By Natalya Jones
By County Grind
By Liz Tracy
By Chris Joseph
By Liz Tracy
By Matt Preira
By Jesse Scheckner
By Michael E. Miller
Somewhere in the landscape of modern blues, between the country fields of Corey Harris and the smoky nightclubs of Robert Cray, lie the commercially polished soul-blues of Keb' Mo'. On this, his fourth release since emerging as a solo artist, the man born Kevin Moore continues to stake out a comfort zone of grit-free music. And while he never cuts loose with either joyous or furious abandon -- driving to the crossroads squarely in the middle of the road -- he cannot be dismissed as a mere slick lightweight.
The slinky and catchy groove of the title track and the acoustic romp "Loola Loo" show a willing versatility; there's even some booty-movin' on blues-rap numbers like "Stand Up (and Be Strong)" and the horn-fueled "Gimme What You Got." No one questions his guitar chops, his great sense of rhythm, or his reassuring voice, but few will be able to stomach Mo' and his cowriters' more egregious lyrical clichés and rhymes, which would make even junior-high poetry students retch ("It's about that time/Baby please don't go/I really wish you'd stay/'Cause I really love you so"). Likewise he is no convincing interpreter of standards, reducing Elmore James' normally searing "It Hurts Me Too" to a jaunty funk exercise that falls utterly flat.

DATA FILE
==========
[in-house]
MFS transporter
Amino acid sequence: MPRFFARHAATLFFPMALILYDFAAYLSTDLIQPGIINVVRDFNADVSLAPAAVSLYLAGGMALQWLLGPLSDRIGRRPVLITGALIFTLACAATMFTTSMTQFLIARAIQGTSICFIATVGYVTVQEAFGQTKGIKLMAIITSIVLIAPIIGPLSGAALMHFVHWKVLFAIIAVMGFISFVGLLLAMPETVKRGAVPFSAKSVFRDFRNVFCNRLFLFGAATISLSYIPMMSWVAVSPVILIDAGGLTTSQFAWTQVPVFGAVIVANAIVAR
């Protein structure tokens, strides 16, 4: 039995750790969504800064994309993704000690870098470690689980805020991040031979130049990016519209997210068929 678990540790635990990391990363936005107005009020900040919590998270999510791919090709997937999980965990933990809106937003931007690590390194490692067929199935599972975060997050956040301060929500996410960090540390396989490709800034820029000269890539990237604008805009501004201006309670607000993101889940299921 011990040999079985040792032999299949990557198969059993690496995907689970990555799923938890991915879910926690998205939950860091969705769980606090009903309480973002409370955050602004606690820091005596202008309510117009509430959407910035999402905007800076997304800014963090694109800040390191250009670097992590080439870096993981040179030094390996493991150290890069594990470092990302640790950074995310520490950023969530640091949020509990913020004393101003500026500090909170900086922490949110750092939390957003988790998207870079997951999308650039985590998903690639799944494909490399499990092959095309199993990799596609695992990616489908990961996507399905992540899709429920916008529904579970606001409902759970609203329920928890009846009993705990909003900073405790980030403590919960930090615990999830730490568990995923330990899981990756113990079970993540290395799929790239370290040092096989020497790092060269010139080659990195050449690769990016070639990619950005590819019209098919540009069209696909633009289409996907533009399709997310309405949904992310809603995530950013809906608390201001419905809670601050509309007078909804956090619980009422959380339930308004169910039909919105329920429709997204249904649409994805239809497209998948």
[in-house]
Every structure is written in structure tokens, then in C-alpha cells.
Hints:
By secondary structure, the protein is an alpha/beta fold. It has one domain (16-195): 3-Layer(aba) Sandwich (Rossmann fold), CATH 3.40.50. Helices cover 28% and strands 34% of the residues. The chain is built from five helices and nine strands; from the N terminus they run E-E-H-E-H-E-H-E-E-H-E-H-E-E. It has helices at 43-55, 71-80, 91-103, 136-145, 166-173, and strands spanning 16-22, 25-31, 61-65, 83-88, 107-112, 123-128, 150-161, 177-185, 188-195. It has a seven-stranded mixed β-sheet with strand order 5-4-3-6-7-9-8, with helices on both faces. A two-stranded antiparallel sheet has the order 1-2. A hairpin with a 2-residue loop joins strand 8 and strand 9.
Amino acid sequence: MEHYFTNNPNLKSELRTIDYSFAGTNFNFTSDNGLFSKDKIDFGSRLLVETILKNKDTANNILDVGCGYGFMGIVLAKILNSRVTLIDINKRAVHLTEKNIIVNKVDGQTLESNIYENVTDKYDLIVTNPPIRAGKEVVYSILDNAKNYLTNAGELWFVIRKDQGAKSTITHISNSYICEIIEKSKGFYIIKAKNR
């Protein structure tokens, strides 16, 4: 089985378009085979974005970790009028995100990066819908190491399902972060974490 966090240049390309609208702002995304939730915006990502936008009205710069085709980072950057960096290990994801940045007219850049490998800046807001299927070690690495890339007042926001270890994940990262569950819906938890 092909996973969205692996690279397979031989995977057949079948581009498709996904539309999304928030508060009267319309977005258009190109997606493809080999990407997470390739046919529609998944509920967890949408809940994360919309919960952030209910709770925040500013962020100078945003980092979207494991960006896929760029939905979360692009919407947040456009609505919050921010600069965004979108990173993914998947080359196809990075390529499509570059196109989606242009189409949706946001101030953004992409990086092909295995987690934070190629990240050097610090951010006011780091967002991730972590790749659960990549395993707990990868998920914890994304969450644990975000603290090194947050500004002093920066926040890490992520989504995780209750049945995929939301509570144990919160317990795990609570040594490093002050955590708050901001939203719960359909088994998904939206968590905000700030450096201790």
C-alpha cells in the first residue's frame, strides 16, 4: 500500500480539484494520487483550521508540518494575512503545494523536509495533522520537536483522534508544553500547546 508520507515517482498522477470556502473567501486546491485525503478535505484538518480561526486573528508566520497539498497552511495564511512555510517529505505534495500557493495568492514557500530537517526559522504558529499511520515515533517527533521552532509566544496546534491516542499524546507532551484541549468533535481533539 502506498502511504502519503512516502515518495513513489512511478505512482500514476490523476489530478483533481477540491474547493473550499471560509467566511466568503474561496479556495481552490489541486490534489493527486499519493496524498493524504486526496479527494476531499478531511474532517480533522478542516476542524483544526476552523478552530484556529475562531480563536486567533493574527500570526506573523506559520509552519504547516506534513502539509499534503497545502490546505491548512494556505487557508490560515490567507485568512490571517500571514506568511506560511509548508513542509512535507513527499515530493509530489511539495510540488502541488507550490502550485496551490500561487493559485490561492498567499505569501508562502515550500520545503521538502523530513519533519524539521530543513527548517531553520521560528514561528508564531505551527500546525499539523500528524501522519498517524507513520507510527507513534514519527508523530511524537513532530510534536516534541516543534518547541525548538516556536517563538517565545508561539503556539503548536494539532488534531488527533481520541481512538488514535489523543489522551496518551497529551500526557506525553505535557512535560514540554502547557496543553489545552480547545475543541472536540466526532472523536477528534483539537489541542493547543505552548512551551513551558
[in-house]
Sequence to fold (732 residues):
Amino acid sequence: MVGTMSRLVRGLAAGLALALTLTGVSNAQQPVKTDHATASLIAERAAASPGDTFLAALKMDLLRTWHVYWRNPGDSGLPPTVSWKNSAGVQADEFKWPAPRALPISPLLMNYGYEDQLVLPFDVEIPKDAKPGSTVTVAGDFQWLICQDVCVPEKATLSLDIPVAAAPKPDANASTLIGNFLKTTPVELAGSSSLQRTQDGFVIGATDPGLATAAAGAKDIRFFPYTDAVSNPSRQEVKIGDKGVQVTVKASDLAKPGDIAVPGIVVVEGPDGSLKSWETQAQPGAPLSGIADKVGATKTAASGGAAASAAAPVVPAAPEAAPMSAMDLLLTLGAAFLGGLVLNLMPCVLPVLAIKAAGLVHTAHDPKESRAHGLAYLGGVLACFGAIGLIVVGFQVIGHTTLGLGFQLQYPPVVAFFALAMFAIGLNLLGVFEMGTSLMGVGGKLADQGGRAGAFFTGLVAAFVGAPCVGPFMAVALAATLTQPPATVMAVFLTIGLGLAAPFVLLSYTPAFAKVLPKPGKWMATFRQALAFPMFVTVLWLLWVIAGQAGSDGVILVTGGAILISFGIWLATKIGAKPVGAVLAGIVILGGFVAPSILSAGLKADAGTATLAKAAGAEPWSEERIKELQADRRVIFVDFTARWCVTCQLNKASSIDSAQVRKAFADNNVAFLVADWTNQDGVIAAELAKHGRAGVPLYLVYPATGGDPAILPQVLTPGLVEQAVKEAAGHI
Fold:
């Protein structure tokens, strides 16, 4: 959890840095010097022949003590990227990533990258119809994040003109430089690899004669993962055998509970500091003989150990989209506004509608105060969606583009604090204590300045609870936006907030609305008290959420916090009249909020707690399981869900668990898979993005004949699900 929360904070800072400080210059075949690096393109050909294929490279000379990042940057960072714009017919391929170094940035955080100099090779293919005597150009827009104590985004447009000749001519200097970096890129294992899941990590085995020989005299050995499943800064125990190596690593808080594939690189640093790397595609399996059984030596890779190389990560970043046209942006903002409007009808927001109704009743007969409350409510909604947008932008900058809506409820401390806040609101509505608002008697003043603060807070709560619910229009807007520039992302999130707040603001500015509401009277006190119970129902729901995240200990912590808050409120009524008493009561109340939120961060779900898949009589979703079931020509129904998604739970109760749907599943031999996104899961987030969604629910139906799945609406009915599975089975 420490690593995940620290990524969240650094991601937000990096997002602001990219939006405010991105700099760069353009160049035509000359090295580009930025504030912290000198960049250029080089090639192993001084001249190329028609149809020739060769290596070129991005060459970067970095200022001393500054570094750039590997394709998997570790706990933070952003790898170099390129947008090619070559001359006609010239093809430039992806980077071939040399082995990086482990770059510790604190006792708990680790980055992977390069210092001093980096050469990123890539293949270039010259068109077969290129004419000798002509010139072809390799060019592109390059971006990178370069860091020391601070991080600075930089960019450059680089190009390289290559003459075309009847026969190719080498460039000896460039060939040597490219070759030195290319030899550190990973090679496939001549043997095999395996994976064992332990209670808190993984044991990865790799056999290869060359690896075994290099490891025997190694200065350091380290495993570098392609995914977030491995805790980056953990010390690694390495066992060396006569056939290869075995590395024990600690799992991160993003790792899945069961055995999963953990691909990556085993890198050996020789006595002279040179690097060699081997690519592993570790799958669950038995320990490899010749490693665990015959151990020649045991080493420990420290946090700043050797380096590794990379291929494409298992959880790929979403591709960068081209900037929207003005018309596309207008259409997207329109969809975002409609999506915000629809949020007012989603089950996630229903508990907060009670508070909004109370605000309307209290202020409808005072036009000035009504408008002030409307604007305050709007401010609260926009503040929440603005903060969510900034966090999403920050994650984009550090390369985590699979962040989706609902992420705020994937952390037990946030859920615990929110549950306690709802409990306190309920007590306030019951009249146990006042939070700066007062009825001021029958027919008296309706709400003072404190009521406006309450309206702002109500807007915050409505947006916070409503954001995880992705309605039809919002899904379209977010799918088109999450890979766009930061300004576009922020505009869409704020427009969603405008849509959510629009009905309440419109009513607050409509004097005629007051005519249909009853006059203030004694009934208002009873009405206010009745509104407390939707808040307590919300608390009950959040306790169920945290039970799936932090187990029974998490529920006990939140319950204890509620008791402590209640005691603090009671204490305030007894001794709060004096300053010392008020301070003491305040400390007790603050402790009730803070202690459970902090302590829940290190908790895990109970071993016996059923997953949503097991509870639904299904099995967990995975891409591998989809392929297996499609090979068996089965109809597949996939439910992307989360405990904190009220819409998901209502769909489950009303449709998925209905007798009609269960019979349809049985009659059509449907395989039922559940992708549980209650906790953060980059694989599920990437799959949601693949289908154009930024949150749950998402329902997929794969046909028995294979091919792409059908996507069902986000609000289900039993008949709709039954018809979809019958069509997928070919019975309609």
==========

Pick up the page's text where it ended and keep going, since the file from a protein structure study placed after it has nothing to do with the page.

What is striking, though, is how Mo' excels in the more character-driven numbers: Note the lonely janitor in "Don't You Know" and the proud homeless man looking for "Change" in more than one sense of the word. These numbers speak with authority. Hell, Mo' even manages to turn the story of an estranged daughter/ ex-hooker in "Mommy, Can I Come Home?" -- cowritten with Melissa Manchester -- into a touching slice of life, avoiding every obvious chance to embarrass himself.
Related links: Carefree Theater
The Door will undoubtedly open a few for Keb' Mo', the release resting comfortably between Bonnie Raitt and Sting, the kind of adult-contemporary blues to blast with the Beamer windows all the way down. His music is more about smooth sailing than rocking the boat, but he sure does it with a style all his own.